Two nations, a terrible accident, and an urgent need to understand the laws of space


Representing Xenovia, the Leiden team took full responsibility for the explosion, but said their client took back Candida's satellite in accordance with the Outer Space Treaty. After giving notice of the Canadian company being late in payment, he argued, the Xenovian creditor had met the treaty requirement for “appropriate international consultation”.

Katsande felt as if she was hearing a rough version of her own winning argument thrown at her. After about 15 minutes of deliberations, the panel of three judges gave their decision: they found in favor of Xenovia, which meant that Leiden had won. Katsande felt that the European team was given more time to speak. But he also thought, “We chose the wrong side.”

Once the competition ended for the Midlands team, Coach Moyo took the group to McDonald's. The students then went on to give a presentation about ZIMSAT-1. The coach, who was constantly making basketball analogies throughout the trip, remembered a quote from Kareem Abdul-Jabbar: “You can't win until you learn to lose.”

Still, the team had come incredibly far from the days when they were indifferent to competition and indifferent to space. “We really wanted to win,” Katsande told me. “I don't think you understand how much we wanted to win.”

at 3 o'clock On 20 September, the Midlands team entered the Maison des Oceans, a building built over a century ago to house ocean conservation organisations, to watch the final round of the 2022 Manfred Lachs Competition. They found their place in a 500-person amphitheater with ocean-blue seats surrounded by depictions of whale hunting. Arguing Xenovia's case once again, the Leiden team was successful in winning the world championship.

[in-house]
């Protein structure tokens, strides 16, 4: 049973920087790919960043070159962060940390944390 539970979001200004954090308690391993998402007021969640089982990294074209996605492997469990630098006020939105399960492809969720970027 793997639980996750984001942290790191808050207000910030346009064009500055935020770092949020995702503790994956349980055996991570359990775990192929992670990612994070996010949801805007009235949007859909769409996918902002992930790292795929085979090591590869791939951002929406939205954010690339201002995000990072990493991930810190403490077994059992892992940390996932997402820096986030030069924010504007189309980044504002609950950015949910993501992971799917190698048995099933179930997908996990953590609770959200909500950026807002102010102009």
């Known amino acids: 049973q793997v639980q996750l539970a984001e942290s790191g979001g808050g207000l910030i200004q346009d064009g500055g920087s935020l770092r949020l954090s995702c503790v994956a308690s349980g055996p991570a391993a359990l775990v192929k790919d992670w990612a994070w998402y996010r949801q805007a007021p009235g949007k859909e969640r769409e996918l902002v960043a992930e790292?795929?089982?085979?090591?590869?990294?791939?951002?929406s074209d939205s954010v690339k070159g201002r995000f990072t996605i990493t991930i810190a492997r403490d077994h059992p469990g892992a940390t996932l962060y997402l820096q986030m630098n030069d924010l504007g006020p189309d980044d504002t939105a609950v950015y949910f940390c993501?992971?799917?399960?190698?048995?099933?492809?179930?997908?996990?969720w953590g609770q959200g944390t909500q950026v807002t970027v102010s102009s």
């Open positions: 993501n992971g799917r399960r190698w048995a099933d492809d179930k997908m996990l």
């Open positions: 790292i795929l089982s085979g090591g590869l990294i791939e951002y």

Also there that day was Edith Weeks, an assistant professor at Washington University in St. Louis, who believes that, as a black woman, she was called by God to study and teach space law. He remembers attending space law meetings in the early 2000s when almost everyone there was a European person.

Around the same time, Weeks wrote a PhD dissertation tracing the origins of the “province of mankind” clause of the Outer Space Treaty – how it came to be a somewhat nebulous, conveniently undefined option for legal language. acts that may place more clear limits and obligations on its signatories. Weeks says space law has a beautiful set of origins and aspirations, but there are ways in which moneyed interests can take advantage of that ambiguity to crowd out low Earth orbit.

Most of all, though, Weeks's work in space law has taught him that people can't appreciate something – let alone fight for it – if they don't know it's theirs.

Midlands students, if nothing else, had heard that message loud and clear. Mujegu says that to be African is to be affected by colonialism – but it is also to be the rightful inheritor of the space. When Muzegu started law school, she wanted to enter general private practice after graduation. But if she were given the chance to practice space law, she would “take advantage of that opportunity and be done with it,” she says.

Muzegu's opportunity may not come immediately. There are still barely any jobs in space law on the continent, as many African space agencies are just closing down. But off the ground, in the relatively near future, that's exactly where they're going. “This is a whole new world that I didn't know existed,” Muzegu says. “When I discovered it, I was like, Why aren't more people talking about this?, I want to be a part of this for the rest of my life.

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